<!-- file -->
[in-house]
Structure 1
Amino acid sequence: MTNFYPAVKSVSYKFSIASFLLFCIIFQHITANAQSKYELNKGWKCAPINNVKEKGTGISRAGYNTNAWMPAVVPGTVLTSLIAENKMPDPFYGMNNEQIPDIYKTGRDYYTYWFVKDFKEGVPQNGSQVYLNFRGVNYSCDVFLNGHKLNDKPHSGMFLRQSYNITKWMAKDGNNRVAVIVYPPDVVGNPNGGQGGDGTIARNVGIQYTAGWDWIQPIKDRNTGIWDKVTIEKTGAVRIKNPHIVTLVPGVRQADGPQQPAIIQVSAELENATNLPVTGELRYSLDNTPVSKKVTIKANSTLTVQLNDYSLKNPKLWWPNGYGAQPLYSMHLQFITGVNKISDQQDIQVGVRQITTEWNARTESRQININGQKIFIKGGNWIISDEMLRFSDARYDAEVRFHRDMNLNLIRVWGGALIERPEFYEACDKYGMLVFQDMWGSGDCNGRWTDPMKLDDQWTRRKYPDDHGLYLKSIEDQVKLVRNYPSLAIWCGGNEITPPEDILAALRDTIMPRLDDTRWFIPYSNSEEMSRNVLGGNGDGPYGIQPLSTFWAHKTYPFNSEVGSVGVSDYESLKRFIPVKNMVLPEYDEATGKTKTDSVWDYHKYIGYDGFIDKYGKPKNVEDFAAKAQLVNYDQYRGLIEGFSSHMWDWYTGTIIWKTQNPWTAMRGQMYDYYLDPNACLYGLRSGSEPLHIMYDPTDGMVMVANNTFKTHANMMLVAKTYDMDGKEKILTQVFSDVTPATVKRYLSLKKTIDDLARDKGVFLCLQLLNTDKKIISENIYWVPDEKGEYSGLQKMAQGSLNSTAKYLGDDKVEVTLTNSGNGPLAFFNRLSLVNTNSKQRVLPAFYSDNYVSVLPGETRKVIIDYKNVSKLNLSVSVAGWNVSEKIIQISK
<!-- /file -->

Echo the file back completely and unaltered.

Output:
[in-house]
Structure 1
Amino acid sequence: MTNFYPAVKSVSYKFSIASFLLFCIIFQHITANAQSKYELNKGWKCAPINNVKEKGTGISRAGYNTNAWMPAVVPGTVLTSLIAENKMPDPFYGMNNEQIPDIYKTGRDYYTYWFVKDFKEGVPQNGSQVYLNFRGVNYSCDVFLNGHKLNDKPHSGMFLRQSYNITKWMAKDGNNRVAVIVYPPDVVGNPNGGQGGDGTIARNVGIQYTAGWDWIQPIKDRNTGIWDKVTIEKTGAVRIKNPHIVTLVPGVRQADGPQQPAIIQVSAELENATNLPVTGELRYSLDNTPVSKKVTIKANSTLTVQLNDYSLKNPKLWWPNGYGAQPLYSMHLQFITGVNKISDQQDIQVGVRQITTEWNARTESRQININGQKIFIKGGNWIISDEMLRFSDARYDAEVRFHRDMNLNLIRVWGGALIERPEFYEACDKYGMLVFQDMWGSGDCNGRWTDPMKLDDQWTRRKYPDDHGLYLKSIEDQVKLVRNYPSLAIWCGGNEITPPEDILAALRDTIMPRLDDTRWFIPYSNSEEMSRNVLGGNGDGPYGIQPLSTFWAHKTYPFNSEVGSVGVSDYESLKRFIPVKNMVLPEYDEATGKTKTDSVWDYHKYIGYDGFIDKYGKPKNVEDFAAKAQLVNYDQYRGLIEGFSSHMWDWYTGTIIWKTQNPWTAMRGQMYDYYLDPNACLYGLRSGSEPLHIMYDPTDGMVMVANNTFKTHANMMLVAKTYDMDGKEKILTQVFSDVTPATVKRYLSLKKTIDDLARDKGVFLCLQLLNTDKKIISENIYWVPDEKGEYSGLQKMAQGSLNSTAKYLGDDKVEVTLTNSGNGPLAFFNRLSLVNTNSKQRVLPAFYSDNYVSVLPGETRKVIIDYKNVSKLNLSVSVAGWNVSEKIIQISK